Two mornings later, I was taking an early morning walk in Interlaken when I noticed a peculiar site in the distance; two churches of distinctly different architecture sharing the same skyline. I walked past fancy hotels and through a park to get over to that area to satisfy my curiosity. First, I came across what appeared to be an old monastery or convent attached to a Catholic church, plain and simple in details in the inside. Next to it stood a Protestant church, the two having shared the skyline and property for hundreds of years in harmony. The Schlosskirche, as this area is called, first housed 30 monks and then 300 nuns starting in the eleventh century. Later, Reformation swept through Europe and the Protestant church was built.
Their harmonious dichotomy seemed in line with that in my heart, part skeptic and part saint. The night before, I was stopped on the way to a bierhaus by a couple who asked me to participate in a survey on faith. The first question had me rank how religious I was on a scale of 0-10. I rated myself a 7, but then started to question this myself as the following questions dealt with my actual adherence to religious practices. How regularly do you go to church? How often do you read your Bible? Have you ever committed these sins (list)? Do you believe you will go to Heaven, and if so, (reflecting on these admissions of sins), why?
One of the questions dealt with how I viewed Jesus, and it was this thought, plus that of my cultural conditioning and spiritual upbringing, that I was contemplating on during my mental wandering in the Sunday Mass, perhaps seasoned with good old Catholic guilt. Perhaps I had just viewed too much iconography during this week of exploring Switzerland. I had answered that I thought of Jesus as a prophet, as a teacher, as the “Lamb of God”. During the biblical age, lambs were brought into the temples as blood sacrifices, their bodies wasted as their throats were sliced open. Jesus was not meek, though, in the spirit of lambs, but rather stood firm against the misrepresentations of faith. He raged like a lion against the money changers in the temple, and refused to back down to the Pharisees.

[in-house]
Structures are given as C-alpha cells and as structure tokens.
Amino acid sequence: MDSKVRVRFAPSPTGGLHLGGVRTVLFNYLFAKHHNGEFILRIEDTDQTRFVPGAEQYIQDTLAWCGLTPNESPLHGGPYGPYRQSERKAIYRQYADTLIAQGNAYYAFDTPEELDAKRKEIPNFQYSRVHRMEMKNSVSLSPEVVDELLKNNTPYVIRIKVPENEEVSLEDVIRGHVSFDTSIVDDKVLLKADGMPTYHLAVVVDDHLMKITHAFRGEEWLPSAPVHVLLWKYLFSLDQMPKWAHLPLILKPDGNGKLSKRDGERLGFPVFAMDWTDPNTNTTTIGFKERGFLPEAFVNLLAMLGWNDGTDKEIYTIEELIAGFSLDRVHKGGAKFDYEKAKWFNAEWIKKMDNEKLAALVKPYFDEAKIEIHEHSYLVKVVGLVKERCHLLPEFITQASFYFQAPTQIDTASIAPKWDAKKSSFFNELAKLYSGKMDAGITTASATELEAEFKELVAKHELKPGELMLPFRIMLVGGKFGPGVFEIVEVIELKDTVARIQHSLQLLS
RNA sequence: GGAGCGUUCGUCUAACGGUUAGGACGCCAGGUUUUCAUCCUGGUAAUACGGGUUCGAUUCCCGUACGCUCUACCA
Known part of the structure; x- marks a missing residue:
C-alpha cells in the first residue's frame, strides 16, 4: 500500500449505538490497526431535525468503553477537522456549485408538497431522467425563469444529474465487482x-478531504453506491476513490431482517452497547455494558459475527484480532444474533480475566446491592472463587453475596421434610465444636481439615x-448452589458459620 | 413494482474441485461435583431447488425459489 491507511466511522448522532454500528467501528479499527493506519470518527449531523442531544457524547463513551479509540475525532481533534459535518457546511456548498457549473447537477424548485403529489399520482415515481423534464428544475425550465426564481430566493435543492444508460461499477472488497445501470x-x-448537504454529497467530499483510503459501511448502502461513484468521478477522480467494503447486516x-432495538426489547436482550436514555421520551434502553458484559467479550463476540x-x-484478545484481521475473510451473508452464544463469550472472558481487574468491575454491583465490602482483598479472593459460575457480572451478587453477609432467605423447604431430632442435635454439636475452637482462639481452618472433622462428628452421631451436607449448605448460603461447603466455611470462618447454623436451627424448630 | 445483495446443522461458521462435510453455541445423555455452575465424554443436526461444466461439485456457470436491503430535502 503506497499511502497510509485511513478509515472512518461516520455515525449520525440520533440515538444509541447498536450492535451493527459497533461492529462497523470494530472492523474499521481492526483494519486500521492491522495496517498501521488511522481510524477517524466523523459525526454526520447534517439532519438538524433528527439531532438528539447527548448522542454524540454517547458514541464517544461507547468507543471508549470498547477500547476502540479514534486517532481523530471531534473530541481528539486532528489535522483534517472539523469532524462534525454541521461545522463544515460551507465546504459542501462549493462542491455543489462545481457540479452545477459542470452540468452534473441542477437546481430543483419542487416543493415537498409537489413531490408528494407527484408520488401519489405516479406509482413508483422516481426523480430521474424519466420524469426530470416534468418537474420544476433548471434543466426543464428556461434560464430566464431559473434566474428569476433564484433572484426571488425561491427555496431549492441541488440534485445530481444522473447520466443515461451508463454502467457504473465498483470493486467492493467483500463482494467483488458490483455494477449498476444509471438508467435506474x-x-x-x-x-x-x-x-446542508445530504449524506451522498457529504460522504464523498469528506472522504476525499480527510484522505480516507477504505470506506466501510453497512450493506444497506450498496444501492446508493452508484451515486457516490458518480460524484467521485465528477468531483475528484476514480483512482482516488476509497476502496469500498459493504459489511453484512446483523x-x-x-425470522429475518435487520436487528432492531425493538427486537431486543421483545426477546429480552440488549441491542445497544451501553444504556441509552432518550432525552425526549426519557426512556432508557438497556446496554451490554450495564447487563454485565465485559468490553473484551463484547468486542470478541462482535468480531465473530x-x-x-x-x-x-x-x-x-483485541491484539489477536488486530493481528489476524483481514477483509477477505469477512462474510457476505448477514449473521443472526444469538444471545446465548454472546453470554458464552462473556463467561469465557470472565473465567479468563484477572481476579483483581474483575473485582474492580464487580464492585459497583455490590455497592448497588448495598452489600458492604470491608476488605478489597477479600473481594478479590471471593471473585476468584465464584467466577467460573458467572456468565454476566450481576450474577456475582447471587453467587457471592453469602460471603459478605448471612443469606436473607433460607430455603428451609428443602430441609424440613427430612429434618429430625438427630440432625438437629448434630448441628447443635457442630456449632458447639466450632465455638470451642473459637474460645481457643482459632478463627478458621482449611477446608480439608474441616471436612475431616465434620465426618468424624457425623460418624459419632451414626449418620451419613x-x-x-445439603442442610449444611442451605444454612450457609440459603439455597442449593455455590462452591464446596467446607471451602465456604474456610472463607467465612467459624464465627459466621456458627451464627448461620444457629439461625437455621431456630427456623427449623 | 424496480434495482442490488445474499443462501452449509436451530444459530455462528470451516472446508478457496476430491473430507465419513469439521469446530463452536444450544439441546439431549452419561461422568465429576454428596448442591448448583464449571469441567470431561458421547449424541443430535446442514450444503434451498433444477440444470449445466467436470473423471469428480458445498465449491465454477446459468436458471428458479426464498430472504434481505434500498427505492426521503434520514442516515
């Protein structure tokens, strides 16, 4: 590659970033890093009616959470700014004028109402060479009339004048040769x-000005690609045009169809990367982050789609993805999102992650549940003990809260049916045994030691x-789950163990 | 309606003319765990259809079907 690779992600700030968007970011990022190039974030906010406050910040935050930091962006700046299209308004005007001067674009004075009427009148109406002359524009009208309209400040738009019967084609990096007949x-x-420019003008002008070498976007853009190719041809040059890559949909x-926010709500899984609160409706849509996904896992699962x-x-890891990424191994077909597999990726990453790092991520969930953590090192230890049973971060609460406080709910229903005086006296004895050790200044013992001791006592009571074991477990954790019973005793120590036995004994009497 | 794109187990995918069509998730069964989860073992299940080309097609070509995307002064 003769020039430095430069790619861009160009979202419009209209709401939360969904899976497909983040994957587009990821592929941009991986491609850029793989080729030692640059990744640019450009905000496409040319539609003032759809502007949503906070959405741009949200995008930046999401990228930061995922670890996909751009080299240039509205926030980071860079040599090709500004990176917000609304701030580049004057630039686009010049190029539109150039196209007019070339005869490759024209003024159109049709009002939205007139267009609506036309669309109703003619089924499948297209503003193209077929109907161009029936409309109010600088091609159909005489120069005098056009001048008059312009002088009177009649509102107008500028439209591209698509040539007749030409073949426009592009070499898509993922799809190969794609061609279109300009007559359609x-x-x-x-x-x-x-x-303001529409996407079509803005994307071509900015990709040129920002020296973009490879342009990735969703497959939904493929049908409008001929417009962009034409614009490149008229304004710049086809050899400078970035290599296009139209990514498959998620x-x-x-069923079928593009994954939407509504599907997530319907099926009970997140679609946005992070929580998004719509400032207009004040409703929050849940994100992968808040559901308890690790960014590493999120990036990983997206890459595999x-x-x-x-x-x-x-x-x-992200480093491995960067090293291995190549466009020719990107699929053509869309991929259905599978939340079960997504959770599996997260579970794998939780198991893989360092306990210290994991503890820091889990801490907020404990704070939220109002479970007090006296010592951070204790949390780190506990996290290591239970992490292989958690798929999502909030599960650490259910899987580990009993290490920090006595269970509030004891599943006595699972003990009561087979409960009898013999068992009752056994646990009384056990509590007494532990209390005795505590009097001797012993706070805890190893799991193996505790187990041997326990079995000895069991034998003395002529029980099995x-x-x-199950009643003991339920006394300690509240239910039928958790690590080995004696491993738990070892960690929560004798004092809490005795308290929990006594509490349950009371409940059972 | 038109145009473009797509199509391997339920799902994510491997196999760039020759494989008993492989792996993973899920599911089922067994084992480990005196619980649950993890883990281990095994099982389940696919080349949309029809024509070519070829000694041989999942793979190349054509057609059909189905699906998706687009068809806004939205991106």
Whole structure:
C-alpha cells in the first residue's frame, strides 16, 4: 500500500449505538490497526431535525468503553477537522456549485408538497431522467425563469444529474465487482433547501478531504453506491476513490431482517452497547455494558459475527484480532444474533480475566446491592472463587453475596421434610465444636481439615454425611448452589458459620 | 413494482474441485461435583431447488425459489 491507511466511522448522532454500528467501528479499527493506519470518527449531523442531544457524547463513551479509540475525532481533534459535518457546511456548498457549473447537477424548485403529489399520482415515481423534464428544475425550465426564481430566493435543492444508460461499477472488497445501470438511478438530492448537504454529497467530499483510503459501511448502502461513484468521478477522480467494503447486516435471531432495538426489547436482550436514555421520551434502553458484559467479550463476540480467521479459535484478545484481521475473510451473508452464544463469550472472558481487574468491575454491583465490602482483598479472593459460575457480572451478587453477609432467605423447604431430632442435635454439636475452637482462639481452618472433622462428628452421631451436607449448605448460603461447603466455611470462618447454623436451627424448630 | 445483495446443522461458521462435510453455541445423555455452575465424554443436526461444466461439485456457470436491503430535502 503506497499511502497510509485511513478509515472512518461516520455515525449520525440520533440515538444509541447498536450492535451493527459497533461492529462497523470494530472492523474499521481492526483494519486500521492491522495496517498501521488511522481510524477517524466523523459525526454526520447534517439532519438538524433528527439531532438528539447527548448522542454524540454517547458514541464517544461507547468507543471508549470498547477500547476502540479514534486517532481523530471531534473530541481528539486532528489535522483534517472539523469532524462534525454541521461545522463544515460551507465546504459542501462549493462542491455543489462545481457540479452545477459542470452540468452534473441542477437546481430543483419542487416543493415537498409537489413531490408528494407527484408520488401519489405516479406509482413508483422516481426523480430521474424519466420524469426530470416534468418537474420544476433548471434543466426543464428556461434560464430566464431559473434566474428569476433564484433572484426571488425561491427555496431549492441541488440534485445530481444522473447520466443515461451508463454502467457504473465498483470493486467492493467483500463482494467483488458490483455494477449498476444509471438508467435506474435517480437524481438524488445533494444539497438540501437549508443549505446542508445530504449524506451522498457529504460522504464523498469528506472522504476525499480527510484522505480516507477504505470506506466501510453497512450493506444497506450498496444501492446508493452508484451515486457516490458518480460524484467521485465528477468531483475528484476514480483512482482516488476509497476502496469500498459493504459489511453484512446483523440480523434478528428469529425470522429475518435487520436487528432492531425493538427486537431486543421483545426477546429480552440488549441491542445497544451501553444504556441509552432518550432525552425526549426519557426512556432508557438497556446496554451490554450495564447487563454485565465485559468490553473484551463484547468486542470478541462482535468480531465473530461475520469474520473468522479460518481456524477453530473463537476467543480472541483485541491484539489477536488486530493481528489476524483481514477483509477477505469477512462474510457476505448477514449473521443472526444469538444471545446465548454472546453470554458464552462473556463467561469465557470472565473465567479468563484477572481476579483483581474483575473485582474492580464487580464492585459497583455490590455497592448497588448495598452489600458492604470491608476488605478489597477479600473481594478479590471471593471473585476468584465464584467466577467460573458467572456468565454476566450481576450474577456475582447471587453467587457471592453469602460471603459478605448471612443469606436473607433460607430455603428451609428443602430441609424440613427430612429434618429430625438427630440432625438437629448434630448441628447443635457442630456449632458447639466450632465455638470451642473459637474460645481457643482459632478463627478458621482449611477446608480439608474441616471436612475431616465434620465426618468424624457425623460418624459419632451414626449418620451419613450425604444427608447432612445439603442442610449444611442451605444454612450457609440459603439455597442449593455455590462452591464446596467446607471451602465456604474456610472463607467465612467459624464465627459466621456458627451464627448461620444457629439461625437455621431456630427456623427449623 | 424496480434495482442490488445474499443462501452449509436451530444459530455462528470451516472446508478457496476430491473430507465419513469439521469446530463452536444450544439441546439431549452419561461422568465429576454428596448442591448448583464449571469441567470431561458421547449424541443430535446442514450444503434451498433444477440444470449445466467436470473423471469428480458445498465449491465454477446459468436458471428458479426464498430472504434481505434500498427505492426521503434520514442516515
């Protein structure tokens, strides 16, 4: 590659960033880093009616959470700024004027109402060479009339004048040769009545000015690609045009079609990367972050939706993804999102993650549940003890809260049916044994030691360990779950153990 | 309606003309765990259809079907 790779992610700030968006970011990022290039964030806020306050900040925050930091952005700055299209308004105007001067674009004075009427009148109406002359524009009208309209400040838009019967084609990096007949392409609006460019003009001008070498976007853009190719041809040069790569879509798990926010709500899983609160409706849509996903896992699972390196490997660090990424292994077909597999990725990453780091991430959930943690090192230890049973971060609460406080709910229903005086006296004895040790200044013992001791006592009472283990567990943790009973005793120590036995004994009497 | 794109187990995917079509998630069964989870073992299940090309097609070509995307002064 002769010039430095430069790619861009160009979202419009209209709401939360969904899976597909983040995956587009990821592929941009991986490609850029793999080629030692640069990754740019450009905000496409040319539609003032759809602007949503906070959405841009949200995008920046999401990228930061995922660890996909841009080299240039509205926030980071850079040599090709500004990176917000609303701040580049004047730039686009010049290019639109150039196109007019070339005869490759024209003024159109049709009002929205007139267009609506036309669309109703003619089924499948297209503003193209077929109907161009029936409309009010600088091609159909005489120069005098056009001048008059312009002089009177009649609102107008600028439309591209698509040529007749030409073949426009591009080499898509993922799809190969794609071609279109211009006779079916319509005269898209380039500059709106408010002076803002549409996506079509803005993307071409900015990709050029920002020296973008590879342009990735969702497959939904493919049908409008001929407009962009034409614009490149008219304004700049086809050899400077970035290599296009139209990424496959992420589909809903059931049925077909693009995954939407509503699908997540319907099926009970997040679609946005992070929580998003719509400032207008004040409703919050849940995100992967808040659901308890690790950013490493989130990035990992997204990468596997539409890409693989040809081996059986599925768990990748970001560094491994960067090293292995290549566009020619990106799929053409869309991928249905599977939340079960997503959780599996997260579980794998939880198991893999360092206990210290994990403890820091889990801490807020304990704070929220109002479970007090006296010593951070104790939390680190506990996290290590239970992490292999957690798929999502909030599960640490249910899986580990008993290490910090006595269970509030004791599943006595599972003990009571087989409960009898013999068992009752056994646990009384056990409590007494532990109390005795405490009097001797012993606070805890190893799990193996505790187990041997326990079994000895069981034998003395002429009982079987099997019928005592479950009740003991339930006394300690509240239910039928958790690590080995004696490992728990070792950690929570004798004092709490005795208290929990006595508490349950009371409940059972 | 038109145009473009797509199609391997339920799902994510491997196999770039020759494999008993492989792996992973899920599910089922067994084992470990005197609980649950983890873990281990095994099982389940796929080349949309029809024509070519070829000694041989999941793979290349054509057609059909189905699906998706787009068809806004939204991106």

Perhaps I had just been touched by the imagery of the Lion of Lucerne, a monument to the Swiss Guards killed in the French Revolution. I had literally just come from the Lion Monument before the church service, and couldn’t help linking the spear in the lion’s side and the tears rolling down his cheek to the day of the Crucifixion. The conflicting feelings of lamb and lion I felt inside of me, my forgiveness towards those who sinned against me and yet anger at being treated badly, as well as the call to purity and to a sinful nature. I had on one hand the understanding that religion might just be a human construct to make peace with our own mortality, but on the other the feeling of faith in my heart that could not be quenched with reason and a guilt for not having been attending church on the regular.
All these thoughts and more stirred up inside me as the choir picked up, first a harmony of female voices to the left of me, then the deep bass of men’s voices on the right accompanying them, with a touch of organ or orchestra mixed it. The music intensified my feelings, and I felt a single tear roll down my face, like the one carved into the Lion. I wiped it off and it was time to leave, but the marks on my heart might stay behind.